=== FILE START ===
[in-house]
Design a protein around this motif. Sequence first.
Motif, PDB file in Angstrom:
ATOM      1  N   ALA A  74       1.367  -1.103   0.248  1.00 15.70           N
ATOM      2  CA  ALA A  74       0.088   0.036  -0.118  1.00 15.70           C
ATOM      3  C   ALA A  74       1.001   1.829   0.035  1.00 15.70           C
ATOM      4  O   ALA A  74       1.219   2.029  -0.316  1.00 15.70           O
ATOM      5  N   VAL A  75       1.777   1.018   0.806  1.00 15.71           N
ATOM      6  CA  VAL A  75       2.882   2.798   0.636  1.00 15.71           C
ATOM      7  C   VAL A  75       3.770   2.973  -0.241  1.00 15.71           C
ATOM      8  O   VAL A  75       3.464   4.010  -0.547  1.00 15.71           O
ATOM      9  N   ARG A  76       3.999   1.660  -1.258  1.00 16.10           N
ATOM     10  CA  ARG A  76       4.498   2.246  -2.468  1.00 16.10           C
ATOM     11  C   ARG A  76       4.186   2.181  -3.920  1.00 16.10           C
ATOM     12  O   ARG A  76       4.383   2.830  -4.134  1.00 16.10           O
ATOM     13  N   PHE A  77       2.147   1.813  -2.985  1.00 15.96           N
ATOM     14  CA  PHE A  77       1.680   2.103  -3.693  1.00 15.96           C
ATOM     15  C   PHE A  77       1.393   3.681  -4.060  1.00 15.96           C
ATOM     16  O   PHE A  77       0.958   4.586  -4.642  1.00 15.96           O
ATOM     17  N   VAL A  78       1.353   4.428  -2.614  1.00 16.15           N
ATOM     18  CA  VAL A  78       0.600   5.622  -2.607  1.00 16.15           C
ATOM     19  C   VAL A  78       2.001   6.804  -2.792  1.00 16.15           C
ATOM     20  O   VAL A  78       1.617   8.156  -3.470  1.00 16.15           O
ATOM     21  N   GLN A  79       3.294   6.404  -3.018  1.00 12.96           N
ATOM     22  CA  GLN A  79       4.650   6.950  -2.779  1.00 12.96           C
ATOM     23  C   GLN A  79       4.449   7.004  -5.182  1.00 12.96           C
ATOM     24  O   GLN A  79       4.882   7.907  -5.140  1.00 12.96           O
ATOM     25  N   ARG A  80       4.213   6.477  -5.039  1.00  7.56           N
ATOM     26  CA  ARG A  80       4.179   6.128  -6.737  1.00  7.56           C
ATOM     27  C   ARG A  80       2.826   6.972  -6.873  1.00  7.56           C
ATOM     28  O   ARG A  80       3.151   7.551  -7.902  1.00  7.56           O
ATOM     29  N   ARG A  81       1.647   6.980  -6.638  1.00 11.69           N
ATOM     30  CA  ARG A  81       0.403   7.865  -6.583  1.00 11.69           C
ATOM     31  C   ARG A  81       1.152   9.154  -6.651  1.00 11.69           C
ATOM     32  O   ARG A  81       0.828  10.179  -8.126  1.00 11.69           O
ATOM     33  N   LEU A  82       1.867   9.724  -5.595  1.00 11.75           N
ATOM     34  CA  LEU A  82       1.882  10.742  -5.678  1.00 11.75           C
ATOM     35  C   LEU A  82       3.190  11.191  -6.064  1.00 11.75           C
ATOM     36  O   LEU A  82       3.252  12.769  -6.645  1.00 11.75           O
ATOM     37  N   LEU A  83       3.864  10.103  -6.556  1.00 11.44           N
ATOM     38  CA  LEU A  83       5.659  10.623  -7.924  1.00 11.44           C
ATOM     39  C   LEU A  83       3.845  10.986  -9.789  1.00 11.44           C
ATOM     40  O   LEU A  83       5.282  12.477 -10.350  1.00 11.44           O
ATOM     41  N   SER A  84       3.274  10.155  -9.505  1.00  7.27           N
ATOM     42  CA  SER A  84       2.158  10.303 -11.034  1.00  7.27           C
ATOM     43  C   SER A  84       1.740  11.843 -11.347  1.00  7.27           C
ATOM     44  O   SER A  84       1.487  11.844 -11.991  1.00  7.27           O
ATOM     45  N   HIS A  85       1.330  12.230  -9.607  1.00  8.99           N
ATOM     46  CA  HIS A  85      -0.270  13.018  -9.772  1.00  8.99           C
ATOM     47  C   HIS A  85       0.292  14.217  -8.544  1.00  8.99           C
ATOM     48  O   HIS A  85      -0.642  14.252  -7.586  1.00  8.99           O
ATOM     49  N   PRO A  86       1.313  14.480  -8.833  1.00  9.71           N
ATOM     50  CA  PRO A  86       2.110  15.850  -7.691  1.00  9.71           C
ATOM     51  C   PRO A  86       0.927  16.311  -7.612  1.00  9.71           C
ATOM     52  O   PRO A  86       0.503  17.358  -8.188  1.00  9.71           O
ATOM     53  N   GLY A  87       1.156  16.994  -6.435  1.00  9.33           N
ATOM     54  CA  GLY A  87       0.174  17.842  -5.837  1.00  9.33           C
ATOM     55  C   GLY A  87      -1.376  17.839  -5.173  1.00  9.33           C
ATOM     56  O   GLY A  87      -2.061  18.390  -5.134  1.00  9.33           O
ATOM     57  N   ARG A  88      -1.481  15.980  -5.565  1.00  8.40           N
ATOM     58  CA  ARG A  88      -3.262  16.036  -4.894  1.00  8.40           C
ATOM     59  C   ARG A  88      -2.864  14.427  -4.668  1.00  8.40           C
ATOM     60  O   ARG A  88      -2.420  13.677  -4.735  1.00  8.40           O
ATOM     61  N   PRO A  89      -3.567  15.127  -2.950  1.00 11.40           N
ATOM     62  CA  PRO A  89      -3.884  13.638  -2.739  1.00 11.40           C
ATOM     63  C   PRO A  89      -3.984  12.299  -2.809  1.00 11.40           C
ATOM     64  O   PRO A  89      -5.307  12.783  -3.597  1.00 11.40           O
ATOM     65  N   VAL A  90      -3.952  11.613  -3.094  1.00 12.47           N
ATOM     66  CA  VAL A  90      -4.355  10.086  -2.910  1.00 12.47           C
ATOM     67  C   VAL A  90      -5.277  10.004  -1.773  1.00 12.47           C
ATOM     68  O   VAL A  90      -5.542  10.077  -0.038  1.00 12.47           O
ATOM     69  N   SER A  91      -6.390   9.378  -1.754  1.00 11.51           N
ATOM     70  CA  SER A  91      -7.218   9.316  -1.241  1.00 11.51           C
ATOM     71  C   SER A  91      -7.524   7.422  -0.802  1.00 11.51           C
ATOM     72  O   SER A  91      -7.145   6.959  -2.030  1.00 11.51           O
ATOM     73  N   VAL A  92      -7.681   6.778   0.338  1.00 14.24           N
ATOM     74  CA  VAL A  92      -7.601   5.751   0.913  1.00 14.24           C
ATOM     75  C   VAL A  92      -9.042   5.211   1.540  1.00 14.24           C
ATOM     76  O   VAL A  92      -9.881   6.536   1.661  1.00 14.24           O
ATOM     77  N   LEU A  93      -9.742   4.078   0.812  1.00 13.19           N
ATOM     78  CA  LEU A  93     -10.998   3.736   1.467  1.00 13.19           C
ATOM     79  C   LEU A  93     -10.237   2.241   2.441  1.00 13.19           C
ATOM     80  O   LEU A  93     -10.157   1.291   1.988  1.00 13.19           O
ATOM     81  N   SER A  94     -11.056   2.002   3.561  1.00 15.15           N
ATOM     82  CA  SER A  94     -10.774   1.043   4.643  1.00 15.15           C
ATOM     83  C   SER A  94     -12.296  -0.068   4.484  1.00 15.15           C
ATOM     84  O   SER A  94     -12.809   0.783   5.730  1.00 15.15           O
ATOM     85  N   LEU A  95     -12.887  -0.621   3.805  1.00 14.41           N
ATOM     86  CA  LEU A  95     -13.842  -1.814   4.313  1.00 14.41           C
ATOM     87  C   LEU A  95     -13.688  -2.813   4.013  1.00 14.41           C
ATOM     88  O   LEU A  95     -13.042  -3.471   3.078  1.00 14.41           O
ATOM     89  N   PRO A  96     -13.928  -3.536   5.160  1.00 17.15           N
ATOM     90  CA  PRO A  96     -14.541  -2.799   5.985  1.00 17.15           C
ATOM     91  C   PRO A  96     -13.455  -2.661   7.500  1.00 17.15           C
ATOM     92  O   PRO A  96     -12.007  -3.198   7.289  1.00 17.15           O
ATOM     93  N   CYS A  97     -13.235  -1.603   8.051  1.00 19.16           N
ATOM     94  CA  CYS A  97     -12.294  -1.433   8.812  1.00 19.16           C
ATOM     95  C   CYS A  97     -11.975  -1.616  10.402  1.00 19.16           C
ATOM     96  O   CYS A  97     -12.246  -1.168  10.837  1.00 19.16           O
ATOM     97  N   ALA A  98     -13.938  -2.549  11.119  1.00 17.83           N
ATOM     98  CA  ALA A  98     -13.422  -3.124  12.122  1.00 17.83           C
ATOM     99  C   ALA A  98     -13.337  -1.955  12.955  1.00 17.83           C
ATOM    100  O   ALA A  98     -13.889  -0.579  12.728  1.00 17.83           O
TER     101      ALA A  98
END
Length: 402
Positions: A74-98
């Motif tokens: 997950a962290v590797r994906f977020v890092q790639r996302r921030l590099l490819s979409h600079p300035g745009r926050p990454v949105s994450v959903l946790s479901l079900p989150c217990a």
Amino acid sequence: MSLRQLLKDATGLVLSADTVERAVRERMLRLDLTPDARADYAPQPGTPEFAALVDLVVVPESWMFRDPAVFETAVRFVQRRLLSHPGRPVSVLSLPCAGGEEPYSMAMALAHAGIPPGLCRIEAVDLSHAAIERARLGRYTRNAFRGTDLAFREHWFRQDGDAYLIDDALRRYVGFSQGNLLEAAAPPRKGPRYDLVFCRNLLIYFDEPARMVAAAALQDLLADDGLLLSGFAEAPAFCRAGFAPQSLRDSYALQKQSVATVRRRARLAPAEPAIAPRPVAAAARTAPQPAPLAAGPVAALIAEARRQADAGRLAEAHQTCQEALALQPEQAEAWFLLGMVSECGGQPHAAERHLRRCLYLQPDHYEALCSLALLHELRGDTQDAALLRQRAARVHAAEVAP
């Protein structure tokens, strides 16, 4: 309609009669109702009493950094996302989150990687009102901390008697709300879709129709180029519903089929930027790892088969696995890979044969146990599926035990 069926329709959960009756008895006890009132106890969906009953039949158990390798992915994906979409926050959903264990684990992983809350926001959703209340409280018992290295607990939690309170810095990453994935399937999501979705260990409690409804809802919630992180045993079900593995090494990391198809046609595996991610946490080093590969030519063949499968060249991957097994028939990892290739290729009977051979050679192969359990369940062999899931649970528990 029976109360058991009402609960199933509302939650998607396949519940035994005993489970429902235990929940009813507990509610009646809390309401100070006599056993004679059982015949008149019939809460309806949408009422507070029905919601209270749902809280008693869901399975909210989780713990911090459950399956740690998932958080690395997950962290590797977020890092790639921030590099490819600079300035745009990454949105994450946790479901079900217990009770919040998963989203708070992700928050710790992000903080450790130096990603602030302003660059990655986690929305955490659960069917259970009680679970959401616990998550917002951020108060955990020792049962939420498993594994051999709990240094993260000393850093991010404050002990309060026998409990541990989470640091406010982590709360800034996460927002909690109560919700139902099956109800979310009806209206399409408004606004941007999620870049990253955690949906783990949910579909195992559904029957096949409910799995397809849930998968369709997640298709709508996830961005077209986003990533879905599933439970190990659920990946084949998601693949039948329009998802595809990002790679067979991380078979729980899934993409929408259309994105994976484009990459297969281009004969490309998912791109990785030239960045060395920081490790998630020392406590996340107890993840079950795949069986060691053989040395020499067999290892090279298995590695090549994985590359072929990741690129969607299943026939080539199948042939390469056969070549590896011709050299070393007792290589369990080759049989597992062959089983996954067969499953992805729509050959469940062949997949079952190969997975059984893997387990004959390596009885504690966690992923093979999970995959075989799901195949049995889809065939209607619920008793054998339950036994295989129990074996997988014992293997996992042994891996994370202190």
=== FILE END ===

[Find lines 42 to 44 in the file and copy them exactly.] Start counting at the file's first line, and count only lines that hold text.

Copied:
ATOM     39  C   LEU A  83       3.845  10.986  -9.789  1.00 11.44           C
ATOM     40  O   LEU A  83       5.282  12.477 -10.350  1.00 11.44           O
ATOM     41  N   SER A  84       3.274  10.155  -9.505  1.00  7.27           N